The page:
Analytics are required to make actionable the vast amount of data generated by IoT sensors and devices, but what's more interesting is the ability to federate that data with other information, he says.

Hahn Family Wines, which also participated in the ThingSpace launch, is a good example of that, according to Bartolomeo. Being able to monitor soil moisture and temperature and track weather is helpful, but if that data could be federated with historical weather patterns and National Oceanic and Atmospheric Administration data to detect trends and predict outcomes, it becomes even more valuable.

And finally, there is, of course, massive connectivity to Verizon's 4G LTE network, something the carrier is enabling by creating an IoT core to handle this type of traffic more efficiently and by using lower-cost chipsets for devices and sensors than are used today in smartphones.

Connecting all those devices will generate more dollars but a strong sign of Verizon's determination to play above the connectivity layer is the fact the carrier is integrating WiFi and Zigbee wireless connections and even carrier-neutral options into its platform, Bartolomeo adds.

— Carol Wilson, Editor-at-Large, Light Reading

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MikeP688 12/8/2015 | 2:27:45 AM
As we're Talking About Verizon.... ...I saw the story released here about Verizon noting that talks of a Yahoo acquisition is premature.     If that in fact happens, it will be interesting to say the least. 
MikeP688 12/8/2015 | 2:25:35 AM
Re: Promising... Remember how far we've come in 25 years--and I would see the timeline will be considerably "shrunk" as we're witness to the evolution before us.

Mitch Wagner 12/7/2015 | 6:45:30 PM
Re: Promising... When it comes to smart homes, I think of the security implications and reply, "You go first."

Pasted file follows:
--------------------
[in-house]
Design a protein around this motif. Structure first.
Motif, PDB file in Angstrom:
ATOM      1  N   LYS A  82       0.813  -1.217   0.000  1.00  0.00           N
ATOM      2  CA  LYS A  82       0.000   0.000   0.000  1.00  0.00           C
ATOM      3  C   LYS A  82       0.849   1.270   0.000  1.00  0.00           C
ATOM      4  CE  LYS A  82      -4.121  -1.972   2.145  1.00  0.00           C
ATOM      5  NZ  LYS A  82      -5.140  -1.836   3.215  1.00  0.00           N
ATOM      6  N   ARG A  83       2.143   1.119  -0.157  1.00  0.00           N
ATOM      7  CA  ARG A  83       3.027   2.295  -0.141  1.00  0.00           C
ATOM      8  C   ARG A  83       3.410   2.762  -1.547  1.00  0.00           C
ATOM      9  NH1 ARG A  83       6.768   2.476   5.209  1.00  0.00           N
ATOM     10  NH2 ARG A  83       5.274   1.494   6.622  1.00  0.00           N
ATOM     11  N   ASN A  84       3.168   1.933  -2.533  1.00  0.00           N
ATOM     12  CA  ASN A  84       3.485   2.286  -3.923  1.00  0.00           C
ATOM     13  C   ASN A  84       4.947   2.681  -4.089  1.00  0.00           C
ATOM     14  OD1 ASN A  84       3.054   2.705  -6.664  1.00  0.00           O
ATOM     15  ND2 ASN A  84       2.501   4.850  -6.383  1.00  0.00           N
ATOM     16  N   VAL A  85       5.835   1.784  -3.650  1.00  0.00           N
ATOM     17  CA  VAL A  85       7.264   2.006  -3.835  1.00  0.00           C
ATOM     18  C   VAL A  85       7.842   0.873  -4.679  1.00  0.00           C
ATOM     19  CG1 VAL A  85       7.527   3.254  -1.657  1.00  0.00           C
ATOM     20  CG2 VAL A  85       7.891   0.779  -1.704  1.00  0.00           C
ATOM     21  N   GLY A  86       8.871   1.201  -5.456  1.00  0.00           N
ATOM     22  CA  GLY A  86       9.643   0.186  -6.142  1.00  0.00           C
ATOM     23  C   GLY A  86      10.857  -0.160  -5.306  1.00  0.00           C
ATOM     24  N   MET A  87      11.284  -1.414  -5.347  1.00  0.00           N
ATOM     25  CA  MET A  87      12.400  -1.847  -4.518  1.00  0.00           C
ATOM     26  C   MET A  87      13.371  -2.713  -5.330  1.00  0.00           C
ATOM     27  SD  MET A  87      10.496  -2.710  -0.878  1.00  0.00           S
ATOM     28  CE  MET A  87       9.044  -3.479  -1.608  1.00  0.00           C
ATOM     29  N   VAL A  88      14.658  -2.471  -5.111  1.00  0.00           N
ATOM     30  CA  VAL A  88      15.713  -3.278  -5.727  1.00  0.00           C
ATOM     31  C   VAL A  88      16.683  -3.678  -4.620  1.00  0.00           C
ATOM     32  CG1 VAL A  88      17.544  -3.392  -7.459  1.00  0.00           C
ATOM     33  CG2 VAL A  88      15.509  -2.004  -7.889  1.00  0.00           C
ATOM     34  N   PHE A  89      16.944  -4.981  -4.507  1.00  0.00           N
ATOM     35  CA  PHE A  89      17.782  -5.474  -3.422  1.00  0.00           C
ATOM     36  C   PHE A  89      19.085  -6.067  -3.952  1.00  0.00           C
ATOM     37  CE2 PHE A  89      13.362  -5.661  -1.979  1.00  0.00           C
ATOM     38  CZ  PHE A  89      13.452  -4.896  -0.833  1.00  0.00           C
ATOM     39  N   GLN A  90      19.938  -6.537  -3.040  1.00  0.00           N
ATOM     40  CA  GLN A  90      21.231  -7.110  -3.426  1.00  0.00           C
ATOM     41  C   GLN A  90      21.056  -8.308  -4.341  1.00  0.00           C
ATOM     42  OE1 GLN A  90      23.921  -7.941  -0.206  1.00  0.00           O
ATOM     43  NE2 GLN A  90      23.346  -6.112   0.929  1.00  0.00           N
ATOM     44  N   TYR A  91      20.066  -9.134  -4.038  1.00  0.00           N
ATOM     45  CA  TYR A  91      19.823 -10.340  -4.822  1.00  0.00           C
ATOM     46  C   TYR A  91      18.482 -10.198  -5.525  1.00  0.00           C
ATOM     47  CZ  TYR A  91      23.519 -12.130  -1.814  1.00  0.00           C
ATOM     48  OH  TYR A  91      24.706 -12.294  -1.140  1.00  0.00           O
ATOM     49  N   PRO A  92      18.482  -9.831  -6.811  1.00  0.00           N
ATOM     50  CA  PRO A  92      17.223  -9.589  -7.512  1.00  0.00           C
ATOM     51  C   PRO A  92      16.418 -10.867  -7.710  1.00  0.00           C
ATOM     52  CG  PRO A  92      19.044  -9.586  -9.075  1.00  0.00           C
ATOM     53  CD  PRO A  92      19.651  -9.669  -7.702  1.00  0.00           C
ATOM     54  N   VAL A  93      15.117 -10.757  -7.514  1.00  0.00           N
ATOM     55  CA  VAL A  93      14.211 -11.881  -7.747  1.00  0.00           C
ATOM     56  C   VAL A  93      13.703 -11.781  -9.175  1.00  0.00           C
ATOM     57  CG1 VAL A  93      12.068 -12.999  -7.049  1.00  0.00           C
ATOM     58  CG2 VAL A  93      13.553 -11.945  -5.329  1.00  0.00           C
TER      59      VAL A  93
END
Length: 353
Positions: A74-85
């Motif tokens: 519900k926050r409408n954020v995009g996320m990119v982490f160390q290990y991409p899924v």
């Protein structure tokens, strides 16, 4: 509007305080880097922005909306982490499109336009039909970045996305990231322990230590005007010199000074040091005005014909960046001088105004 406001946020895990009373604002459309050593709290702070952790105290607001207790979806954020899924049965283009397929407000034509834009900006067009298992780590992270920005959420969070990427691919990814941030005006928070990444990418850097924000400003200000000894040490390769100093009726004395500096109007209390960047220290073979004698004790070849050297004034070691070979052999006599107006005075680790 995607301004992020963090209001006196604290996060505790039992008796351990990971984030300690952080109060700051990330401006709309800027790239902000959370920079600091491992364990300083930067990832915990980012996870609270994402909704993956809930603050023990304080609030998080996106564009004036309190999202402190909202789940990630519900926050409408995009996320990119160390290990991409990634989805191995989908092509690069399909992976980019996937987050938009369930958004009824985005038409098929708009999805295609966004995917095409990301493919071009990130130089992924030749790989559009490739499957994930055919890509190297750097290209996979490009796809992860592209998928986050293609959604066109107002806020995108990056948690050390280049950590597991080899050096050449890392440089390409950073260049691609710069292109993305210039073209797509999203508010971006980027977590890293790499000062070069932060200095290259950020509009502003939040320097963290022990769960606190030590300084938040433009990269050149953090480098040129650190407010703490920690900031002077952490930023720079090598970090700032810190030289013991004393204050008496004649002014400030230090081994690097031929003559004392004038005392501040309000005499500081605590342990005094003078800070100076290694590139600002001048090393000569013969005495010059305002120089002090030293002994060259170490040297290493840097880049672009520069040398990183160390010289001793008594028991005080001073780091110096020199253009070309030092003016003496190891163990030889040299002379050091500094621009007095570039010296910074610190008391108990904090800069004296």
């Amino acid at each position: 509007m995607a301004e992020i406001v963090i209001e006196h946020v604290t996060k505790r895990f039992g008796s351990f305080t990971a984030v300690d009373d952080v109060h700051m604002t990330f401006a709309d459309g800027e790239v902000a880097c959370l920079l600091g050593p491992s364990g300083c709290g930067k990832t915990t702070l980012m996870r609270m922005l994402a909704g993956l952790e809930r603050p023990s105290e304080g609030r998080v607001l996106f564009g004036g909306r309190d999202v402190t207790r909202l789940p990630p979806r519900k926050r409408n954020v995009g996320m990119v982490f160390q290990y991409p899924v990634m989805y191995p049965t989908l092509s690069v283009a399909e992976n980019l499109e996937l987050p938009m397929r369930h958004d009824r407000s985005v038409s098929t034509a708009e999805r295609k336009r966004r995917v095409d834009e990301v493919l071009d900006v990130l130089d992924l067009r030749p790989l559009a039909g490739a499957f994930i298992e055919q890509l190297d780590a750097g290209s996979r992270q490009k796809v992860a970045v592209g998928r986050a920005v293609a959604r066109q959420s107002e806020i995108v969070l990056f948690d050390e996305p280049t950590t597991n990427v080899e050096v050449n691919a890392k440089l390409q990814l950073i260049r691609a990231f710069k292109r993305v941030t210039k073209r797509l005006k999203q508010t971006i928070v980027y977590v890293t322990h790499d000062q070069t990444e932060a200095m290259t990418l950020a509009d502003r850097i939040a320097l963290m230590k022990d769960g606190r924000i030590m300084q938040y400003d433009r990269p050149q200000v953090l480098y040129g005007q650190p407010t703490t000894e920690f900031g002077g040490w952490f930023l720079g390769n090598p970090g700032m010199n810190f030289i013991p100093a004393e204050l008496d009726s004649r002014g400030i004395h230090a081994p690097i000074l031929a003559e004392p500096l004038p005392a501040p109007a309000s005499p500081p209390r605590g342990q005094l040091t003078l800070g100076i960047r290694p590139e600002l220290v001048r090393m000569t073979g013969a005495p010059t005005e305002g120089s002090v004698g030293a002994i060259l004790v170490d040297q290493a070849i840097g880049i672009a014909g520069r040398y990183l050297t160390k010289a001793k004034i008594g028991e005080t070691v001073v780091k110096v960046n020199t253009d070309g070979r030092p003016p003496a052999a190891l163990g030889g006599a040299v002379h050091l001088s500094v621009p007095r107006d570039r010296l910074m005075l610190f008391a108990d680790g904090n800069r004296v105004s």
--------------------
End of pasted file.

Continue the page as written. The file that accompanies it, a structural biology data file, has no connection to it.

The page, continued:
I'll connect my home to the Internet when the security bugs have been shaken out. Like in about 25 years. 
MikeP688 11/26/2015 | 8:45:45 PM
Re: Promising... Despite reservations (and rightly noted), I still hope all of us keep an open mind because we've got to in order to ultimately be witness to a transformation that seems to have no end. 
MikeP688 11/26/2015 | 8:44:35 PM
Re: Promising... As I read through the discourse, my first thought was in response to Joe is this: I agree--but to a point.  We have to encourage competition but not at the point of undermining the security--and as someone who  has been a victim of hacking, I will leary indeed not to be "too much online"--although I have a Smart Hub in my townhome and do plan on eventually transforming my townhome into a Smart Home.  
KBode 11/2/2015 | 9:27:15 AM
Re: Promising... To be entirely fair a company can be a leader on one front and a total dunce elsewhere. I probably wouldn't follow Verizon in a parade much less any standards development given their history of disdain for true open platforms, devices and development. But obviously I'm not the person Verizon's trying to woo with their IOT development efforts.
steve q 11/1/2015 | 11:22:27 PM
Re: Promising... I see this as a different way verizon can try to fix there past issue and hope they can have smarter people behind them to move forward. This is why when Verizon was given the best chance to push Fios and there 4glte network when the FCC said we give you the money to do it then they turned it down plus Boston did the same how can you look at Verizon as a leader.
Joe Stanganelli 11/1/2015 | 10:41:39 PM
Re: Promising... @Mitch: Standardization is kind of scary to me, from a security perspective.  The easier it is for devices to communicate universally, the easier it is to hack them.

In any case, there is an interesting startup incubated out of MIT (alas, the name escapes me...I'll have to look it up) that is focused on data analytics in non-standardized environments -- without the software solution attempting to standardize the data, but still translate it by asking key questions of subject-matter experts.
Mitch Wagner 10/29/2015 | 5:38:51 PM
Re: Promising... Standardization is one big question for me with regard to IoT. Consider the smart home -- your refrigerator needs to be able to talk with your other kithcen appliances and the electrical system, all from different manufacturers. 

Security is even more important. We need to be ensure that attackers can't commandeer your self-driving car, fire suppression system, or exercise equipment. Here's a cautionary video on that last point:


MordyK 10/29/2015 | 4:53:30 PM
Re: Promising... I think this is a very interesting and aggressive opening salvo from the carrier community, to create a permament seat for themselves at the IoT table.

That said, many of these functions are more advanced and easier to use at platforms such as Amazon's AWS and Google's ComputeEngine, although not packaged as well for IoT at the moment, but that will change in a big hurry. It is my hope that the ThingSpace team can truly unburden themselves from the traditional telco mindset while bringing carrier specific capabilities to their platforms and continue to lead in innovation and capabilities.